TEDx Talk | My Digital Stamp by Erik Qualman

TEDx Nashville took place on May 6, 2013. Erik Qualman got the opportunity to speak at this event, and spoke about leaving a digital stamp.  He started by reflecting on a quote he had just heard by Maya Angelou, “I’ve learned that people will forget what you said, people will forget what you did, but people will never forget how you made them feel”.  He argues that in the digital age, this is incorrect. After asking many different people how they wanted to be remembered in our digital age, or rather, what they wanted their digital stamp to be, Erik found that most people wanted to achieve their best life, leadership and legacy.

So what are our digital stamps made up of?  There are two elements, our footprints and our shadows.  Our footprints are easy to control, as they are anything that you upload yourself.  Any text, tweet or post you put online becomes your footprint.  Your shadows on the other hand, are things you cannot control.  Shadows are what others post about you.  Both footprints and shadows make up your digital stamp, which determines your life, leadership and legacy.

To leave your best digital stamp, there are five simple habits that Erik has, that conveniently follow the acronym STAMP.  STAMP stands for simple, true, act, map, people.

1)    Simple

In the today’s world, everyone tries to multi-task but the key to being successful is to stop trying to multi-task.  When multi-tasking, you lose efficiency and therefore do the exact opposite of what you were trying to accomplish.  On average, IQ’s drop 10 points when multi-tasking, which is the equivalent as being up for 36 hours, and far more than after smoking marijuana. So stop trying to do everything.  Focus on the most important thing and do it well.

2)    True

It is very common to do vanity searches- we all have done it, but now the question is what do we want to see.  If there is one specific thing you want to see when you search your name, Erik suggests that you write it down.  Remember what that goal is, and make sure that everything you do correlates with it.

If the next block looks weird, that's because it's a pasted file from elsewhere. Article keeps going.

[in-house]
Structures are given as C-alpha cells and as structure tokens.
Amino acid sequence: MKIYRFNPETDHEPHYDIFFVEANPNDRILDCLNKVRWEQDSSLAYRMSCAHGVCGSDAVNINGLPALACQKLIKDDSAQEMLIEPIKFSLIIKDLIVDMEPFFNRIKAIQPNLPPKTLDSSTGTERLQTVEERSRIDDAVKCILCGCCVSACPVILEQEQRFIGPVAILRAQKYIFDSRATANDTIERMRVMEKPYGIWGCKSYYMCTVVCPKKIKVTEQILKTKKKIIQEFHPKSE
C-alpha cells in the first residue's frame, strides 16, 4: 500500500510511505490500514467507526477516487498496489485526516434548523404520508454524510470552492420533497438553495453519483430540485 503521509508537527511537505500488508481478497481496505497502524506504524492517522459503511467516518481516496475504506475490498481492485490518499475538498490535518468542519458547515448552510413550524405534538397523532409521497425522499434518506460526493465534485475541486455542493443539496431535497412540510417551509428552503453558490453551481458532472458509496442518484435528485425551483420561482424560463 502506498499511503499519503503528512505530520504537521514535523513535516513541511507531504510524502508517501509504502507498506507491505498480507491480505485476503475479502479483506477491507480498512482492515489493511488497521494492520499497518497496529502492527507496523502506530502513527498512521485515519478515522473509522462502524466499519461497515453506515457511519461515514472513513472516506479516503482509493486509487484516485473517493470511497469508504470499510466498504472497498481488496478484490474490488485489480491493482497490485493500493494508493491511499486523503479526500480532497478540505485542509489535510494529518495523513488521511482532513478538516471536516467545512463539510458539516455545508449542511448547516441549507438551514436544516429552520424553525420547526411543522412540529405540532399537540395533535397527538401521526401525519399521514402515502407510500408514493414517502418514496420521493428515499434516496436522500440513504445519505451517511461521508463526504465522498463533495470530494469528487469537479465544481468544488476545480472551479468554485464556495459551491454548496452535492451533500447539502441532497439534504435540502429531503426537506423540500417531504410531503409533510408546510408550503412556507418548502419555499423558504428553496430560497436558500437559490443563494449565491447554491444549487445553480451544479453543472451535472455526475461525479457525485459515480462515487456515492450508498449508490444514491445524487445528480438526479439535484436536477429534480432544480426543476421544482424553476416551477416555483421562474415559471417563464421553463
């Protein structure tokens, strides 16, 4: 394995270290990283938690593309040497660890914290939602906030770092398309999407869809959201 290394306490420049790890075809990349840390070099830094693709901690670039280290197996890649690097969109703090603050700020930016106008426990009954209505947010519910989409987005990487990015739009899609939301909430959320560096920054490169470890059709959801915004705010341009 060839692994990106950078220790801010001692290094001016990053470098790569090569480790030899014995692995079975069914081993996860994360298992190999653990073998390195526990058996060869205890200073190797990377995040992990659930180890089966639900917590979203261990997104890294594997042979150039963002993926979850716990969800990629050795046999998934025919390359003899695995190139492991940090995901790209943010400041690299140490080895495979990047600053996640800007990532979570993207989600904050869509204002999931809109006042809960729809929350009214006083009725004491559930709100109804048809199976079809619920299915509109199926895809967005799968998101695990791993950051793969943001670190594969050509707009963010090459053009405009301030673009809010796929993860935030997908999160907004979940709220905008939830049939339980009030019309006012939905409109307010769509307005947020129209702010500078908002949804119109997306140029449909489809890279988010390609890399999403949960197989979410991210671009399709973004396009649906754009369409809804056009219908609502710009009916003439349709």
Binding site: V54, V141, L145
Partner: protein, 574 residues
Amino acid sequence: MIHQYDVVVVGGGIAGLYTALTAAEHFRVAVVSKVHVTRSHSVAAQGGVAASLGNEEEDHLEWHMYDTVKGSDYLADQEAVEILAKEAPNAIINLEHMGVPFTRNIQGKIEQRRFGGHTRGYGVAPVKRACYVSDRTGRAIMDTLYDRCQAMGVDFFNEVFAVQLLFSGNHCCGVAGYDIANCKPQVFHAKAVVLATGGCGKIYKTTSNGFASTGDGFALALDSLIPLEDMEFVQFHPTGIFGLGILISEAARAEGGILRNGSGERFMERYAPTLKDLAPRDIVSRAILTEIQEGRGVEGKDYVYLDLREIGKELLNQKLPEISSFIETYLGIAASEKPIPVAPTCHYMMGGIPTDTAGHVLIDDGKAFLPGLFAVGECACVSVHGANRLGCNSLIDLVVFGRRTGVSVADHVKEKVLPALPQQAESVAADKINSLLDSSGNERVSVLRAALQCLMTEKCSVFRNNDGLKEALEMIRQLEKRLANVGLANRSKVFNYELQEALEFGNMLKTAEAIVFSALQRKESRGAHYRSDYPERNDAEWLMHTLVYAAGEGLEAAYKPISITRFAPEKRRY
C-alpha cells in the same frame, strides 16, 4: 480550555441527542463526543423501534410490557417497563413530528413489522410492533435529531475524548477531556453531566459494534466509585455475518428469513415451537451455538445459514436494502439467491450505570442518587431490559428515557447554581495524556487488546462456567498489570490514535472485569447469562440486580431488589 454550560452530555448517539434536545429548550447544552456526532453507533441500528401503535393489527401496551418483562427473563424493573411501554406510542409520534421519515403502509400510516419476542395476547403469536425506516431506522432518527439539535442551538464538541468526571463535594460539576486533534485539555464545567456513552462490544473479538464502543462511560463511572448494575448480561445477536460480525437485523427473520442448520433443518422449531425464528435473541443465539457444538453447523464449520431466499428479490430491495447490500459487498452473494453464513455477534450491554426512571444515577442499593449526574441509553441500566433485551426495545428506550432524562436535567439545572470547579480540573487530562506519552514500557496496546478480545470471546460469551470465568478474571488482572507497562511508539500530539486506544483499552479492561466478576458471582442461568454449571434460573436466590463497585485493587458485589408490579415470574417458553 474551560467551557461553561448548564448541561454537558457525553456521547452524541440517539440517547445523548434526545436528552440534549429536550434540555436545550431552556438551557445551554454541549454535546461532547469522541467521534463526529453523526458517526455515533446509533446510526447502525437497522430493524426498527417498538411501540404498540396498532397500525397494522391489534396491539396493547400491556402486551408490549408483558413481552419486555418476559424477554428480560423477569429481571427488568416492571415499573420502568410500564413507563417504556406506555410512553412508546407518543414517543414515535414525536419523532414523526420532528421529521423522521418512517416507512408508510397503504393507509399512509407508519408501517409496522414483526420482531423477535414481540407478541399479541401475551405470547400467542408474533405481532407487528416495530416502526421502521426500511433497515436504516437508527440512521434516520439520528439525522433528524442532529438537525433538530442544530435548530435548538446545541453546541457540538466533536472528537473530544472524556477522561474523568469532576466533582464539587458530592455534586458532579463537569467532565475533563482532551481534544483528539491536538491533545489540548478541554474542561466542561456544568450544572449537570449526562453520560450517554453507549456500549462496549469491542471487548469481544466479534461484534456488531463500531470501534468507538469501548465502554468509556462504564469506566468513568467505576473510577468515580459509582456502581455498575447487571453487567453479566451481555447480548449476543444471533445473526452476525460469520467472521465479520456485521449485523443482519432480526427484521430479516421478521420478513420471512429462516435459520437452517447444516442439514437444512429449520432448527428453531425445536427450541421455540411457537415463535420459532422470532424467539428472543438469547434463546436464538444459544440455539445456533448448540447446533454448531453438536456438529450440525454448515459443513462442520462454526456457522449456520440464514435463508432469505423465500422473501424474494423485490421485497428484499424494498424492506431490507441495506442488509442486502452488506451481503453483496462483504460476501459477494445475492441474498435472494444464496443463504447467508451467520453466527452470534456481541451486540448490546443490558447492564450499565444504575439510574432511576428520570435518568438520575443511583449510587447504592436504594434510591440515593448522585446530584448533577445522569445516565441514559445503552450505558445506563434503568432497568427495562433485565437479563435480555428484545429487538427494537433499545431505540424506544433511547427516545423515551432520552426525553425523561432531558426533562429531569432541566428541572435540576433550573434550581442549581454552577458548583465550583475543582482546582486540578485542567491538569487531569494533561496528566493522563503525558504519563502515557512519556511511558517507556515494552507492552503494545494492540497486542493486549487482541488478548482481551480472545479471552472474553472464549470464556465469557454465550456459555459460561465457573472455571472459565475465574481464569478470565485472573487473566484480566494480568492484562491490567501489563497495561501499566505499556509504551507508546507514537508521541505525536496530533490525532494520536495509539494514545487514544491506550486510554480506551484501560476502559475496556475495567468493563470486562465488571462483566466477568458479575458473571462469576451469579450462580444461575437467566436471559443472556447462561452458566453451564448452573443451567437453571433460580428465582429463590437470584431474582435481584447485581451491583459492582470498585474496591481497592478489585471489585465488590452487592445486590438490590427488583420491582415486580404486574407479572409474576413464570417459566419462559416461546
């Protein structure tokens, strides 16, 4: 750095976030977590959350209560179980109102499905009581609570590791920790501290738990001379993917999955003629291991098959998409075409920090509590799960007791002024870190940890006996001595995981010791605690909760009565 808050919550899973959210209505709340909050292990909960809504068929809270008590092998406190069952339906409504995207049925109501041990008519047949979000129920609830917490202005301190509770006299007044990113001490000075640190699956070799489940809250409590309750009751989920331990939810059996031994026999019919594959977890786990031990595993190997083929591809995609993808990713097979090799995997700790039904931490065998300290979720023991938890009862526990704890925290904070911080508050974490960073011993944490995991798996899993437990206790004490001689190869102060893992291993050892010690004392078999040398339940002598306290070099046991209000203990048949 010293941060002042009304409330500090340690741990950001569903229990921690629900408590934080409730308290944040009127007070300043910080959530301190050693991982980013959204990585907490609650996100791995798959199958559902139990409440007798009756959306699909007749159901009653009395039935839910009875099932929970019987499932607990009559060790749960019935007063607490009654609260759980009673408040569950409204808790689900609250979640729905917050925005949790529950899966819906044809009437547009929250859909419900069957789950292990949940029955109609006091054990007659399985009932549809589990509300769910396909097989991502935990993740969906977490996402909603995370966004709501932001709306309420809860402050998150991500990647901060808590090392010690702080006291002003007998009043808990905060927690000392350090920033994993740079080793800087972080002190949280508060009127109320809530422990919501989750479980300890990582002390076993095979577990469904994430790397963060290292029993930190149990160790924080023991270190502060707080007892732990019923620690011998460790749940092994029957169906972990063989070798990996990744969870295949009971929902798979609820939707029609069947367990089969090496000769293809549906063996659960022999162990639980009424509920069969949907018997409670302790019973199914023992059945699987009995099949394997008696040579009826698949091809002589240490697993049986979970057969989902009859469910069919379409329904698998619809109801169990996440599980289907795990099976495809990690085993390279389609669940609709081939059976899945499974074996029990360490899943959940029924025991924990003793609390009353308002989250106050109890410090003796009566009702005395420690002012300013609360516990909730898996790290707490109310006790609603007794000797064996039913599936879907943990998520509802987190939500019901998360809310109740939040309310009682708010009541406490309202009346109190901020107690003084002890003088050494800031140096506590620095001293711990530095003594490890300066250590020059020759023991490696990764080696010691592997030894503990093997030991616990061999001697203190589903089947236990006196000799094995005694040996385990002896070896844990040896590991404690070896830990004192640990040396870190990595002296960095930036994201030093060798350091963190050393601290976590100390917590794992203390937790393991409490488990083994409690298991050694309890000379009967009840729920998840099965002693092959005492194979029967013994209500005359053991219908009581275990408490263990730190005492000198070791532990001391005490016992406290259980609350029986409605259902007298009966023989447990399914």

3)    Act

Erik stressed that it was very important to focus on the output, not the throughput in everyday life.  Throughput is answering texts, tweets and emails all day long, never resulting with anything physical to show for what you did.  Instead of focusing constantly on responses, focus on what you want to do- whether that is redesigning your kitchen, or writing a book- do something that you can point to and say, “I did this”.

4)    Map

It is imperative that you know where you are going.  The best leaders in today’s worlds have had many pushbacks, but they never lost sight of their final destination.  Erik went back and reminded us of Steve Jobs story.  Steve Jobs wanted to impact the world of technology, and after starting Apple, the board kicked him out, because his ideas and goals were seemingly impossible and far fetched.  This did not stop Jobs from becoming CEO of Pixar, so when he returned to Apple, he was a better leader with far more experience.  Jobs was flexible in his path, but firm in his destination.  It is important to know its ok to fail, but when you do, fail fast, fail forward and fail better.

5)    People

One of the biggest setbacks in online leadership is getting a following.  Instead of focusing on “how can I get you to like me”, focus on “how can I give you something”.  With this change in attitude, more people will follow you and listen to you.  Do not think about what you are getting from a post, think about what you are giving.

By following the acronym STAMP, you can take make sure your digital stamp leaves an impact.  Like Maya Angelou said, people remember how you make them feel.  Erik also argues that people will and do remember what you said and what you did.

About the Author: Erik Qualman

Often called a Digital Dale Carnegie and The Tony Robbins of Tech, Erik Qualman is a #1 Best Selling Author and Motivational Keynote Speaker that has spoken in 49 countries.

His Socialnomics work has been featured on 60 Minutes to the Wall Street Journal and used by the National Guard to NASA. His book Digital Leader propelled him to be voted the 2nd Most Likeable Author in the World behind Harry Potter's J.K. Rowling. Qualman is a sitting professor at Harvard & MIT's edX labs.

His latest book What Happens in Vegas Stays on YouTube is a Pulitzer Prize nominated work.
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